1971 - The mass murder trial of Charles Manson was underway. Much to the dismay of The Beatles, Helter Skelter was played in the courtroom. Manson's clan wrote “Healter Skelter” on the walls, misspelling the Beatles' song. It was an attempt to find out if any songs could have influenced Charles Manson and his followers to commit murder.
Several songs from the White Album crystalized Manson's thinking about a coming revolt by blacks against the white Establishment.
1974 - For $4 you could see Bruce Springsteen at Kent State University in Ohio as the opening act for Black Oak Arkansas.
1993 - Fleetwood Mac reunited to play "Don't Stop" and other hits at the first inauguration celebration for President Bill Clinton. The band's "Don't Stop" was used as the theme for his campaign.
Up until then, the band had been on the wane. The inauguration brings the classic lineup back together, and by 1997, they reclaim their status as stadium fillers with Buckingham and Nicks back to the fold. (Photo by Dia Dipasupil/Getty Images)
1994 - Inducted into the Rock and Roll Hall of Fame on this day were The Animals, The Band, Duane Eddy, The Grateful Dead, Elton John, John Lennon (as a solo artist), Bob Marley and Rod Stewart.
Paul McCartney inducts John Lennon saying "The thing you must remember is, that I'm the number one John Lennon fan. I love him to this day and I always did love him."
2018 - The Los Angeles County Medical Examiner announced that Tom Petty had died accidentally from mixed drug toxicity. Petty's wife and daughter said he had multiple medical problems, including emphysema, knee difficulties and most significantly a fractured hip.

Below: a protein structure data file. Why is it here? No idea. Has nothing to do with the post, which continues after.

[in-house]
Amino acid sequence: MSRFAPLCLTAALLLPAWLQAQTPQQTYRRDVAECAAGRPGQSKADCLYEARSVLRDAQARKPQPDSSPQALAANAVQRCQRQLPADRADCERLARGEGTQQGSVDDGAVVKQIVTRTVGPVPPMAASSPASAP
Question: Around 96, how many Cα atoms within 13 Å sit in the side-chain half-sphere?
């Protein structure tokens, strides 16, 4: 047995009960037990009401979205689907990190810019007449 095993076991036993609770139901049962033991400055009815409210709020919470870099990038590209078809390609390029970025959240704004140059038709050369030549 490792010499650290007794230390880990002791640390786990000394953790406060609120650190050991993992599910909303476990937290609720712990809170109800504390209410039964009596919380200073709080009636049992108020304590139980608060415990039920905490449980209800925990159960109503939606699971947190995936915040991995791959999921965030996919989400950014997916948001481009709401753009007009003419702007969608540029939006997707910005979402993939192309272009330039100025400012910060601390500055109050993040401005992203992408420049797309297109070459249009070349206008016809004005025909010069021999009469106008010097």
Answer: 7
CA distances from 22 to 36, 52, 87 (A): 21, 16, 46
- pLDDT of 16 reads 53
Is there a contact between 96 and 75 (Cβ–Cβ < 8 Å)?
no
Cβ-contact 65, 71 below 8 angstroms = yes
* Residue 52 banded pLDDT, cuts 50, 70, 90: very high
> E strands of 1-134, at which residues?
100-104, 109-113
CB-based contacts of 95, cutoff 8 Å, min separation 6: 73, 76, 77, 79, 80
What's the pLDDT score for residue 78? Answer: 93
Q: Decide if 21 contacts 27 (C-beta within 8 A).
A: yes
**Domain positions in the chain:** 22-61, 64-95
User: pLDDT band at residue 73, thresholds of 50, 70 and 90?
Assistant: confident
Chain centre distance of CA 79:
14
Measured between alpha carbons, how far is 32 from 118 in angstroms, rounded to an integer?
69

The statement read, "It is our feeling that the pain was simply unbearable and was the cause for his overuse of medication. We feel confident that this was, as the coroner found, an unfortunate accident."
Australia's "King of Rock & Roll" Johnny O'Keefe (Iggy Pop covered his "Real Wild Child") was born in 1935.
Phil Everly of The Everly Brothers was born today in 1939. Best known as one half of the Everly Brothers, with songs like "Wake Up Little Susie" and "Take a Message to Mary" showcased the Everlys' boyish charm and inspired close harmonies, which had a big influence on the Beatles.
Janis Joplin was born today in 1943. As well as being one of the finest rock singers of the 1960s, Janis Joplin was also a great blues singer, making her material her own with her wailing, raspy, supercharged emotional delivery.
Dolly Parton is 77. It's difficult to find a country performer who has moved from her country roots to international fame more successfully than Dolly Parton. From singing barefoot on the front porch of her Tennessee Mountain Home to commanding the stage in six-inch heels, her songs have captured the hearts of generations.
As an actress, she starred in films such as 9 to 5, The Best Little Whorehouse in Texas, Rhinestone, and Steel Magnolias. She has also founded a number of charitable and philanthropic organizations. In response to the COVID-19 pandemic, Parton donated $1 million towards research at Vanderbilt University Medical Center to help develop a Coronavirus vaccine.
Rod Evans, original singer for Deep Purple, is 76. He sang their 1969 hit "Hush".
Robert Palmer was born today in 1949. One of the great underappreciated singers of the rock era, Robert Palmer sang with such ease that it disguised both his vocal skill and his adventurous tastes. Deeply rooted in soul, he pivoted to a variety of sounds throughout his career, (New Orleans funk, reggae, new wave) often operating at the vanguard of fashion or perhaps right on the edge of the mainstream.
Highlights for Today in Music History are gathered from LA Times, Famous-Trials, This Day in Music, Allmusic, Song Facts and Wikipedia.